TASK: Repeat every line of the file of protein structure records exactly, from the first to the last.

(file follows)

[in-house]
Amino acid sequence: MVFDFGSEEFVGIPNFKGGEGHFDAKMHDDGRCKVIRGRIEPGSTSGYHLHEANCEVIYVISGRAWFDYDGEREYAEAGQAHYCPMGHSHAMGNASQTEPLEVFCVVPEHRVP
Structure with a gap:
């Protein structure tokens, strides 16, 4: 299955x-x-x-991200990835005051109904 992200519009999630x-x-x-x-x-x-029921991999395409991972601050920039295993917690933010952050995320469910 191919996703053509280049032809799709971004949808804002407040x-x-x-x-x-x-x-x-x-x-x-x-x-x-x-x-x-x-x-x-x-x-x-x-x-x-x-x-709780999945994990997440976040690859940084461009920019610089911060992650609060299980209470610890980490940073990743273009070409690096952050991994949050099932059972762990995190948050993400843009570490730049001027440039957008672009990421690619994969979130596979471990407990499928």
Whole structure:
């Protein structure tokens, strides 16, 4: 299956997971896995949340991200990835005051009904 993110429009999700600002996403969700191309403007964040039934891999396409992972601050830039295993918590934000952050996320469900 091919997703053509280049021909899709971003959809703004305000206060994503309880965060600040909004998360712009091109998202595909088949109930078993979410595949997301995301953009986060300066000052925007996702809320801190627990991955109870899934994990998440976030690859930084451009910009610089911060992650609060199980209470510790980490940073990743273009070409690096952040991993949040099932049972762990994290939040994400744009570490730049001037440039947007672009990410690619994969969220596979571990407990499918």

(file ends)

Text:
[in-house]
Amino acid sequence: MVFDFGSEEFVGIPNFKGGEGHFDAKMHDDGRCKVIRGRIEPGSTSGYHLHEANCEVIYVISGRAWFDYDGEREYAEAGQAHYCPMGHSHAMGNASQTEPLEVFCVVPEHRVP
Structure with a gap:
């Protein structure tokens, strides 16, 4: 299955x-x-x-991200990835005051109904 992200519009999630x-x-x-x-x-x-029921991999395409991972601050920039295993917690933010952050995320469910 191919996703053509280049032809799709971004949808804002407040x-x-x-x-x-x-x-x-x-x-x-x-x-x-x-x-x-x-x-x-x-x-x-x-x-x-x-x-709780999945994990997440976040690859940084461009920019610089911060992650609060299980209470610890980490940073990743273009070409690096952050991994949050099932059972762990995190948050993400843009570490730049001027440039957008672009990421690619994969979130596979471990407990499928």
Whole structure:
């Protein structure tokens, strides 16, 4: 299956997971896995949340991200990835005051009904 993110429009999700600002996403969700191309403007964040039934891999396409992972601050830039295993918590934000952050996320469900 091919997703053509280049021909899709971003959809703004305000206060994503309880965060600040909004998360712009091109998202595909088949109930078993979410595949997301995301953009986060300066000052925007996702809320801190627990991955109870899934994990998440976030690859930084451009910009610089911060992650609060199980209470510790980490940073990743273009070409690096952040991993949040099932049972762990994290939040994400744009570490730049001037440039947007672009990410690619994969969220596979571990407990499918």